Under a new ruling by the U.S. Department of Labor, workers will be able to take family medical leave to care for their same-sex partners’ sick or newborn children. The new ruling allows an employee in a same-sex relationship to take up to 12 weeks of unpaid leave during any 12-month period to care for the child of their partner – even if the partner has not gone through the process of adopting the child. Employees also have the opportunity to take time off for the adoption or care for a foster child, or to care for an immediate family member (spouse, child or parent) with a serious health condition along with the option to take medical leave due to a serious health condition.
Secretary Solis’ sent a clear message that all families – including LGBT families – will be afforded family medical leave when it’s needed most. She stated “No one who loves and nurtures a child day-in and day-out should be unable to care for that child when he or she falls ill.” She also spoke about the importance to have family medical leave available to all eligible workers when the child’s legal guardian is absent, incapacitated or when the state or employer refuses to recognize an employee’s relationship.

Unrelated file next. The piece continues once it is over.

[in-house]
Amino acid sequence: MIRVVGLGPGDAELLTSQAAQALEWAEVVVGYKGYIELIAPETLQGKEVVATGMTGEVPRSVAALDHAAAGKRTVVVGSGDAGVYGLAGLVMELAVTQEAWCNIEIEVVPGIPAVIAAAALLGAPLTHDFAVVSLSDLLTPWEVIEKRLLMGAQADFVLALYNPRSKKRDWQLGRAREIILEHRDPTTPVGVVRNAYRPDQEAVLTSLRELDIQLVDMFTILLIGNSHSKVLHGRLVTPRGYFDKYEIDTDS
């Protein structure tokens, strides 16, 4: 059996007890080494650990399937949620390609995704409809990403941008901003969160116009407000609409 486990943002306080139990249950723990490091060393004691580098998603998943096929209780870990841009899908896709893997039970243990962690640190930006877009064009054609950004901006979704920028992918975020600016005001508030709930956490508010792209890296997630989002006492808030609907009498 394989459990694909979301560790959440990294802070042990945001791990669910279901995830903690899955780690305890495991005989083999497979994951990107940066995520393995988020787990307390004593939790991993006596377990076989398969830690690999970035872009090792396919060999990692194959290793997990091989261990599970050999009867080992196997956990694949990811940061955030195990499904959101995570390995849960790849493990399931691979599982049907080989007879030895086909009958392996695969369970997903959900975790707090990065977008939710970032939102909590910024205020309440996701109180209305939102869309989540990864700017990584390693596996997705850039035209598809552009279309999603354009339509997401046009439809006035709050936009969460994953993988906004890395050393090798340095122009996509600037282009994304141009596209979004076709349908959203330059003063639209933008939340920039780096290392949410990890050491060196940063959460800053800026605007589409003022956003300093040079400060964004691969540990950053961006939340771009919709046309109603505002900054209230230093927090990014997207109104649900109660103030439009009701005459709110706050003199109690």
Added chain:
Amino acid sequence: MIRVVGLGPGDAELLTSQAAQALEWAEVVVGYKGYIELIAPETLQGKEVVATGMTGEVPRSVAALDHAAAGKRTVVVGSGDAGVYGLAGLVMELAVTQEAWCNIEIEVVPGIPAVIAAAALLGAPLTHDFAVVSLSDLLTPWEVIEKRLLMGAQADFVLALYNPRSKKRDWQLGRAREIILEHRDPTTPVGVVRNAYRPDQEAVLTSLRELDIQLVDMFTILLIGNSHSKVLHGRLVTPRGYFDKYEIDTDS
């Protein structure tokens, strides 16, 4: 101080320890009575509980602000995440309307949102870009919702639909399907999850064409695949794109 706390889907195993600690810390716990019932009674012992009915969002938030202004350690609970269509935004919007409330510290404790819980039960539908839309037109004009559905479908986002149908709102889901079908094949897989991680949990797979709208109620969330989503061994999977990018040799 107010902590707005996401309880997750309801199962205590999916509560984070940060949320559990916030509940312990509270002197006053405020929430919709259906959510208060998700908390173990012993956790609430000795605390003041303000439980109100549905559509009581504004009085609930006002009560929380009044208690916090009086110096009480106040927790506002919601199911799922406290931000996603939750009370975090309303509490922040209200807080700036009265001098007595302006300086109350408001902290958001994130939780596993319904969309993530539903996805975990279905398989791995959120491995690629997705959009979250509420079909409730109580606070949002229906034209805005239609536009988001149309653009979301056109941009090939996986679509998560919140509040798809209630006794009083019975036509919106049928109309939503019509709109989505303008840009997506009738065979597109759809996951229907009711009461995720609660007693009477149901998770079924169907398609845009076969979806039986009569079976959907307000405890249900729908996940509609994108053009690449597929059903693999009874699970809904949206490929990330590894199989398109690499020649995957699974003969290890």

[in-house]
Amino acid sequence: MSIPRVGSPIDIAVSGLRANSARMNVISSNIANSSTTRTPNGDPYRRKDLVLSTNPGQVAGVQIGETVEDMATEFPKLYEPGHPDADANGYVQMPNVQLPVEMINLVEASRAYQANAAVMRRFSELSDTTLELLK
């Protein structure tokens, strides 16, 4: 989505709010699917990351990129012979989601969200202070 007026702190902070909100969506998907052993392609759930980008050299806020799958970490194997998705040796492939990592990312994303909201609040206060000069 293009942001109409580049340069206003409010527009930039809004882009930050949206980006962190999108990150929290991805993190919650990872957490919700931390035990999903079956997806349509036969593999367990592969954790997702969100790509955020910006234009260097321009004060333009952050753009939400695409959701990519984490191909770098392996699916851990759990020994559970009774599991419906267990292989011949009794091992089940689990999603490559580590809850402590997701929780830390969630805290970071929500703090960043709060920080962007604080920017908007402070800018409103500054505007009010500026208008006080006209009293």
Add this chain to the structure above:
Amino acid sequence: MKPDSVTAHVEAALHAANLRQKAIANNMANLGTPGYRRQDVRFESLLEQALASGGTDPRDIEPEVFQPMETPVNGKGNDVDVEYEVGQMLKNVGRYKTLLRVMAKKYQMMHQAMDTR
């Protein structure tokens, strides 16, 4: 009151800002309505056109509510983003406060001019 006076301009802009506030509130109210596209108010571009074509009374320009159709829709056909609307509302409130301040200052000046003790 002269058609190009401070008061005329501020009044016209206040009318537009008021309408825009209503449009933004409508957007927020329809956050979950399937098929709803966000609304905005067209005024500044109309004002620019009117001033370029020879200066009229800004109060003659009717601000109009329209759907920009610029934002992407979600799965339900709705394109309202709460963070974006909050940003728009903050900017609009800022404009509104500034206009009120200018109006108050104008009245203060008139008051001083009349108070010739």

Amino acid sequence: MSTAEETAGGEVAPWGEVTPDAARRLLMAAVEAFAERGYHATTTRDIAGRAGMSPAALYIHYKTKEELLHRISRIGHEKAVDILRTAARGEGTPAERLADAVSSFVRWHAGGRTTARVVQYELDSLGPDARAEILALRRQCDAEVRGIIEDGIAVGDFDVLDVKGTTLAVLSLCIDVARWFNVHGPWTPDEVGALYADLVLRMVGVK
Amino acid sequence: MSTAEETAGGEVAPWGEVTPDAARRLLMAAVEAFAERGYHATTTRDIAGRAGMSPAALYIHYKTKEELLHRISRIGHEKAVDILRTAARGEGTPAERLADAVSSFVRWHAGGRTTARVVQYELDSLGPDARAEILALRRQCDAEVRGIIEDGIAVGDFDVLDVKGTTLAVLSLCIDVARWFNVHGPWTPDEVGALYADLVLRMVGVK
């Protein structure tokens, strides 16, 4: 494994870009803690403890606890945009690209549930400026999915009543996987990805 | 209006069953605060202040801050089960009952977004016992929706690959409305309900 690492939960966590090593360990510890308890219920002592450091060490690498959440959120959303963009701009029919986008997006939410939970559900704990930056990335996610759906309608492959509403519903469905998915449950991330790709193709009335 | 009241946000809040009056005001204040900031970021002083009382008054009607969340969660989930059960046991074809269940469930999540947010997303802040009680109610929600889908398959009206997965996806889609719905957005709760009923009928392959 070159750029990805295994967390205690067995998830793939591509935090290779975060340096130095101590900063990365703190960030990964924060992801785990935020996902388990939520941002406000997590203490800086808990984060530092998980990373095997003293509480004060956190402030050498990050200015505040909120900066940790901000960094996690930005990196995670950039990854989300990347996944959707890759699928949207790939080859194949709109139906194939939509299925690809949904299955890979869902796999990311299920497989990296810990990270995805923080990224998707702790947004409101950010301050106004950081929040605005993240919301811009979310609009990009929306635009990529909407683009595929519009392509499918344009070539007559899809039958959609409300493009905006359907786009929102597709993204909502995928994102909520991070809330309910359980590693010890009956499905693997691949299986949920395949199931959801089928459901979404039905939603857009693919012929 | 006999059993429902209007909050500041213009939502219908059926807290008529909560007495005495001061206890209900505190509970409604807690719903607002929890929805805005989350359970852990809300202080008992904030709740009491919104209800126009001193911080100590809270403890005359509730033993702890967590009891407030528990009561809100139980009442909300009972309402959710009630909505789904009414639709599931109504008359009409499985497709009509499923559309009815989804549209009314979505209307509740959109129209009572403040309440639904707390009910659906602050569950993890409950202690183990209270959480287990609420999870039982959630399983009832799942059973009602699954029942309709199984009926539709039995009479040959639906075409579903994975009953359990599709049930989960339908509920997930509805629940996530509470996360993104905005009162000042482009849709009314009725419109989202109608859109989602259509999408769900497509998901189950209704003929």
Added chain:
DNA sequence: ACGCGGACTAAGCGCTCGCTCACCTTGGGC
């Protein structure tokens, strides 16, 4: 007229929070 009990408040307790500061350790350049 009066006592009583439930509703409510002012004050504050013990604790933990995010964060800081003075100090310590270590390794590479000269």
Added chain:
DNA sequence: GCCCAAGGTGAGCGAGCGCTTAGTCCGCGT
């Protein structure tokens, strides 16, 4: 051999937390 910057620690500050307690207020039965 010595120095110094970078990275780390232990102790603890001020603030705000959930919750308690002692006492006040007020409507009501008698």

According to the 1993 Family and Medical Leave Act, employees are afforded 12 weeks of unpaid leave to care for loved ones suffering from a serious medical condition or the arrival of a newborn child. The ruling widens employees’ rights to cover the children of lesbian, gay and bisexual workers, and it builds off of the Administration’s 2009 decision to extend family medical benefits to the same-sex partners of federal employees. This year, the Obama administration continues its commitment to extend federal employment protections to lesbian, gay and bisexual employees beyond the federal government.
The new ruling helps move equality forward by ensuring that all parents can continue to provide the necessary care and support for their children. While this action is an important extension of benefits, we will continue to work with the Administration to help repeal the Defense of Marriage Act, a 1996 law that continues to leave far too many of our families and friends legally vulnerable and unable to access all of the rights, benefits and privileges of legally recognized marriages.